At the same time people, communities, economies, societies, cultures are fundamentally dependent on the capacity of the biosphere to sustain human development Folke et al. It represents a biosphere-based sustainability science with resilience thinking as a central ingredient. Baggio et al. Biggs et al.
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To understand the dynamics of intertwined social-ecological systems taking into account that the very nature of systems changes over time e. Social-ecological systems are complex adaptive systems. Complex adaptive systems possess critical thresholds, multiple drivers of change, and reciprocal feedbacks between social and ecological components Levin et al. Many recurring environmental and natural resource challenges tend to be reinforced by the lack of recognition that ecosystems and the social systems that use and depend on them are intimately linked Norgaard , van der Leeuw and Aschan-Leygonie , Reyers et al.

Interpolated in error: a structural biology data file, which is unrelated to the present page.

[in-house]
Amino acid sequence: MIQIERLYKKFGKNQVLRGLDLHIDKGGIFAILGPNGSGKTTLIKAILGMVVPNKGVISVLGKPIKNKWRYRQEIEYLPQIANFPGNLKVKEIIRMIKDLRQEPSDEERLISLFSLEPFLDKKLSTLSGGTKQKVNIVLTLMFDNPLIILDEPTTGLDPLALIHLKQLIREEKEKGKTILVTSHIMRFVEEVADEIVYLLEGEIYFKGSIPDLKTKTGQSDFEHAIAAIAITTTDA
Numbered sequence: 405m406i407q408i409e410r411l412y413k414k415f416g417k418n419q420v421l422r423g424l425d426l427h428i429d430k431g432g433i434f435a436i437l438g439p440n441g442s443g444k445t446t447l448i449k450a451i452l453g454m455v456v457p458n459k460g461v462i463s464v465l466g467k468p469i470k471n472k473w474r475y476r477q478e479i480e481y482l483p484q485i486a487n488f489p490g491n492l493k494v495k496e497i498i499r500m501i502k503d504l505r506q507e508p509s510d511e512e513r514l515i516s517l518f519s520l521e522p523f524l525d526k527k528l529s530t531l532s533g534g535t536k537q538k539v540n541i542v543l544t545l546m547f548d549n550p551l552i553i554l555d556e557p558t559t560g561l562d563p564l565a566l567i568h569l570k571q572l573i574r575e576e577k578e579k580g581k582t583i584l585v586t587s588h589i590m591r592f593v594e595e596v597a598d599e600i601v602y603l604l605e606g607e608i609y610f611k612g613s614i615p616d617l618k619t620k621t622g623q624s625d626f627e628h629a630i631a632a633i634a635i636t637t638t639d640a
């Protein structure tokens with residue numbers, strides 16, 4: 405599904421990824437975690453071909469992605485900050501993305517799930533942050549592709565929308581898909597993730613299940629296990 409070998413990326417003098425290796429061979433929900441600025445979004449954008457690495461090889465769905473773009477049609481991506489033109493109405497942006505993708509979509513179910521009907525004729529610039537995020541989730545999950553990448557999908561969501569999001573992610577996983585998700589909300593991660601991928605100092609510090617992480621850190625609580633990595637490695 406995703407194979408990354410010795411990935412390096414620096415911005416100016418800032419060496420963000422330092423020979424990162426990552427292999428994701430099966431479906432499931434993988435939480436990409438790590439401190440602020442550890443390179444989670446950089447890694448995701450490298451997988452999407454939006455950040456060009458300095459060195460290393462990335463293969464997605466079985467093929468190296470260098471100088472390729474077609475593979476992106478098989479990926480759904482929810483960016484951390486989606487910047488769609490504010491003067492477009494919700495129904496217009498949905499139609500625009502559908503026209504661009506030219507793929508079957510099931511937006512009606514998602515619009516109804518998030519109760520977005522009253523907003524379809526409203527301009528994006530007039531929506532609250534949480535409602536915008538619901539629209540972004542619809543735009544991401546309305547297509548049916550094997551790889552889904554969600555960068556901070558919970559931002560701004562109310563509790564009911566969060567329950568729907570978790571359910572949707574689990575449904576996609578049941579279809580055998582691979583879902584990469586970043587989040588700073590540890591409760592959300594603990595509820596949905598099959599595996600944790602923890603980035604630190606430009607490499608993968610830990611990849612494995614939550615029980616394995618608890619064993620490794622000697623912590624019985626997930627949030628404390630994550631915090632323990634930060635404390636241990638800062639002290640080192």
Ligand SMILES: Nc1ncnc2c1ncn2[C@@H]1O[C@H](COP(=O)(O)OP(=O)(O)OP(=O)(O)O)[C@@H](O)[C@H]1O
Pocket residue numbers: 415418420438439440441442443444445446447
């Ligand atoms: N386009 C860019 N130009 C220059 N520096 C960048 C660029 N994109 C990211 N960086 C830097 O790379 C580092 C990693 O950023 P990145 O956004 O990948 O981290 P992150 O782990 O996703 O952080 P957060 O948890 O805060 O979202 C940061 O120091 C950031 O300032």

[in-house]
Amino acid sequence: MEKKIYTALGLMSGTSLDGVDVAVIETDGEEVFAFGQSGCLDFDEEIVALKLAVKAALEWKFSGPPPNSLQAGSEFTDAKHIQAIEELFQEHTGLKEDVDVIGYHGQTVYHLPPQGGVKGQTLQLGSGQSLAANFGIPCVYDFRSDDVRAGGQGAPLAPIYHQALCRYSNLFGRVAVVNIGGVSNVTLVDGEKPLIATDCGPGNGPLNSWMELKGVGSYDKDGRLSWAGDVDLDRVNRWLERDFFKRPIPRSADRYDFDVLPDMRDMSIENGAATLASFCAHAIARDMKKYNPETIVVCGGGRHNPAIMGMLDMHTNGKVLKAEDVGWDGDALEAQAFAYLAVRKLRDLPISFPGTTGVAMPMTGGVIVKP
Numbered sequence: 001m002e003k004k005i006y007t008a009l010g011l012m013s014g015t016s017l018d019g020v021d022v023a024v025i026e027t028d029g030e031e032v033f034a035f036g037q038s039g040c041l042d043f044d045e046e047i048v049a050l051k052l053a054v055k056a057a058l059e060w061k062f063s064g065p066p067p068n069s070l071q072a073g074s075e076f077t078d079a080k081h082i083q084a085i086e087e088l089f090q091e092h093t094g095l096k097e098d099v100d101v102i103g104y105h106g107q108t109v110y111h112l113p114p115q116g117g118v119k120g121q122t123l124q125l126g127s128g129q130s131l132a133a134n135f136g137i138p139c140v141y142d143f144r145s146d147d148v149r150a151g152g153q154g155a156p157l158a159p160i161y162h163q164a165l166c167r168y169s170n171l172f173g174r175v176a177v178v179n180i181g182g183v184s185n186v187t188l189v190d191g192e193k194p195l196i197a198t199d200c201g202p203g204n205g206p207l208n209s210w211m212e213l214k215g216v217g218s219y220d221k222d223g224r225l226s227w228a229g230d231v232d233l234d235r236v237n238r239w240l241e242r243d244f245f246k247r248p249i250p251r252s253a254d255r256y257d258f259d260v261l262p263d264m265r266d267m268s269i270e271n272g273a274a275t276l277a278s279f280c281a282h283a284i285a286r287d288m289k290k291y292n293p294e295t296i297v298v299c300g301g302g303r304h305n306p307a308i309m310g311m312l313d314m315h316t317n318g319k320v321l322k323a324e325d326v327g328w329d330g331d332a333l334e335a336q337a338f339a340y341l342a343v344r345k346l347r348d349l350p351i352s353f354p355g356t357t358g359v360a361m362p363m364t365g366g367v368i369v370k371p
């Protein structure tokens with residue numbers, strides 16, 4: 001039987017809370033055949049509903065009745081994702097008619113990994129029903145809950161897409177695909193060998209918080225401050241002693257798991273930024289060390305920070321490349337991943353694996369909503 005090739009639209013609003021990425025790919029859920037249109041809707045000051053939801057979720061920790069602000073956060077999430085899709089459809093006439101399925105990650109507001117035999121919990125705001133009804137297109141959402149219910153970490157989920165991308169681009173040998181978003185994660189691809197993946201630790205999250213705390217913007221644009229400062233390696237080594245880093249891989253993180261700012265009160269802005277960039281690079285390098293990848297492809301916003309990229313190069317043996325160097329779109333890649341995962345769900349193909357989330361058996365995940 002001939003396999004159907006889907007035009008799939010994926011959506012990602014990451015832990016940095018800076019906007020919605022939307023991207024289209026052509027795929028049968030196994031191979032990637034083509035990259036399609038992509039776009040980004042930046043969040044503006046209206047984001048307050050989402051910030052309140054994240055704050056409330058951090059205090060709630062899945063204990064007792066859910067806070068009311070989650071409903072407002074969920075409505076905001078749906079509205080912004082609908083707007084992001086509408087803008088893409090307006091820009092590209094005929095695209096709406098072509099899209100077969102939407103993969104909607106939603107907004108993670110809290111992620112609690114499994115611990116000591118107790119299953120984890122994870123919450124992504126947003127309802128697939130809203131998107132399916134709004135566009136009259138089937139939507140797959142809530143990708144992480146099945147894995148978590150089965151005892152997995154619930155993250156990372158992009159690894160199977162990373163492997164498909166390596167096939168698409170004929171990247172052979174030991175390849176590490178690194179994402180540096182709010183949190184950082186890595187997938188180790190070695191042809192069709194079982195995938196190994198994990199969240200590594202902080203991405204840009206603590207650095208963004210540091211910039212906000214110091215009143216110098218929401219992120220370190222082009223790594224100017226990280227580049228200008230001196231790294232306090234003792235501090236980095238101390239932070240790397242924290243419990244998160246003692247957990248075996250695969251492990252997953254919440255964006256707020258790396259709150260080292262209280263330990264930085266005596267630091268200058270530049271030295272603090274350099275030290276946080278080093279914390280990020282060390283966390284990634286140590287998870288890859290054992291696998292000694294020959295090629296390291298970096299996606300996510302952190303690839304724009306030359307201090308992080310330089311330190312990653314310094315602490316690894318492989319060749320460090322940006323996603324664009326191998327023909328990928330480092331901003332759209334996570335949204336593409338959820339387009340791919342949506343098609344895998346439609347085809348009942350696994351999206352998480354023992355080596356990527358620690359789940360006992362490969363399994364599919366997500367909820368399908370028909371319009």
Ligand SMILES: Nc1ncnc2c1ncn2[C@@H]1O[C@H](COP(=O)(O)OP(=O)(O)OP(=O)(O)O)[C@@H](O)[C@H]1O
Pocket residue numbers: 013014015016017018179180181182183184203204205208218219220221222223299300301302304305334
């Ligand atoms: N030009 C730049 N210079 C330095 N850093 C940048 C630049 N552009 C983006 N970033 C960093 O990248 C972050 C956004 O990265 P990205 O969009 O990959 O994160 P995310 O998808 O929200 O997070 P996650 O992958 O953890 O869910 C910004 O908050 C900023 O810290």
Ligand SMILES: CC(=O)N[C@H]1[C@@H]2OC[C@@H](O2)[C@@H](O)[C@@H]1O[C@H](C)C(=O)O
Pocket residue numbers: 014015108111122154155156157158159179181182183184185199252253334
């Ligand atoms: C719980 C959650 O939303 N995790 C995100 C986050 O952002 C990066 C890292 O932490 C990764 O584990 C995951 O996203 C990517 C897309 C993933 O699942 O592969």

It is the feedback loops amongst them, as interdependent social-ecological systems, that determine their overall dynamics Folke et al. And in fact, they have been linked for a long time e. Theoretical and empirical analyses show how intertwined social-ecological systems are more than the sum of the ecological or the social or their combination, and provide new explanations to regime shifts and tipping points e.
The resilience approach, as part of complex systems understanding e. Complex systems have multiple attractors and there may be shifts from one attractor on a certain pathway to a new attractor and a contrasting pathway stability domain or basin of attraction. Sharp shifts take place in ecosystems that stand out of the blur of fluctuations around trends and may have different causes e. The likelihood of such shifts increases with loss of resilience e. During the last decades it has become clear that human actions cause such shifts by altering resilience and disturbances e.